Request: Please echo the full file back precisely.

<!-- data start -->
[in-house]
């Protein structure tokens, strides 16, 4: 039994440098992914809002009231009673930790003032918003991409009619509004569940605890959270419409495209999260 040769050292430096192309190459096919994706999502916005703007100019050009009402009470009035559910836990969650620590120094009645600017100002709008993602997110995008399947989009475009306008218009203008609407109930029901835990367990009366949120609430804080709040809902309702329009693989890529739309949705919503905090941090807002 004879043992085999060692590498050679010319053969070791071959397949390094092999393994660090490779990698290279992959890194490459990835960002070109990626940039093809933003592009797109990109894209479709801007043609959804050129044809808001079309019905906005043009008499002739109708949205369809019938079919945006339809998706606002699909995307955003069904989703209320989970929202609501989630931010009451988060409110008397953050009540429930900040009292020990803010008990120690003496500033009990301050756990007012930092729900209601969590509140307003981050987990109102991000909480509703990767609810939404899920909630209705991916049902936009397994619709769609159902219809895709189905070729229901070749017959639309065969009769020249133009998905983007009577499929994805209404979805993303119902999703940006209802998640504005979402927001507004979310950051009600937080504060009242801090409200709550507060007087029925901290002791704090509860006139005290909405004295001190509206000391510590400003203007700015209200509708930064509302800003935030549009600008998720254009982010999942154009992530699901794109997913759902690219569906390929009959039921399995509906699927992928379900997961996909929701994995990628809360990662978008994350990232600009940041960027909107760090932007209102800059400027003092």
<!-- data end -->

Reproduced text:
[in-house]
């Protein structure tokens, strides 16, 4: 039994440098992914809002009231009673930790003032918003991409009619509004569940605890959270419409495209999260 040769050292430096192309190459096919994706999502916005703007100019050009009402009470009035559910836990969650620590120094009645600017100002709008993602997110995008399947989009475009306008218009203008609407109930029901835990367990009366949120609430804080709040809902309702329009693989890529739309949705919503905090941090807002 004879043992085999060692590498050679010319053969070791071959397949390094092999393994660090490779990698290279992959890194490459990835960002070109990626940039093809933003592009797109990109894209479709801007043609959804050129044809808001079309019905906005043009008499002739109708949205369809019938079919945006339809998706606002699909995307955003069904989703209320989970929202609501989630931010009451988060409110008397953050009540429930900040009292020990803010008990120690003496500033009990301050756990007012930092729900209601969590509140307003981050987990109102991000909480509703990767609810939404899920909630209705991916049902936009397994619709769609159902219809895709189905070729229901070749017959639309065969009769020249133009998905983007009577499929994805209404979805993303119902999703940006209802998640504005979402927001507004979310950051009600937080504060009242801090409200709550507060007087029925901290002791704090509860006139005290909405004295001190509206000391510590400003203007700015209200509708930064509302800003935030549009600008998720254009982010999942154009992530699901794109997913759902690219569906390929009959039921399995509906699927992928379900997961996909929701994995990628809360990662978008994350990232600009940041960027909107760090932007209102800059400027003092």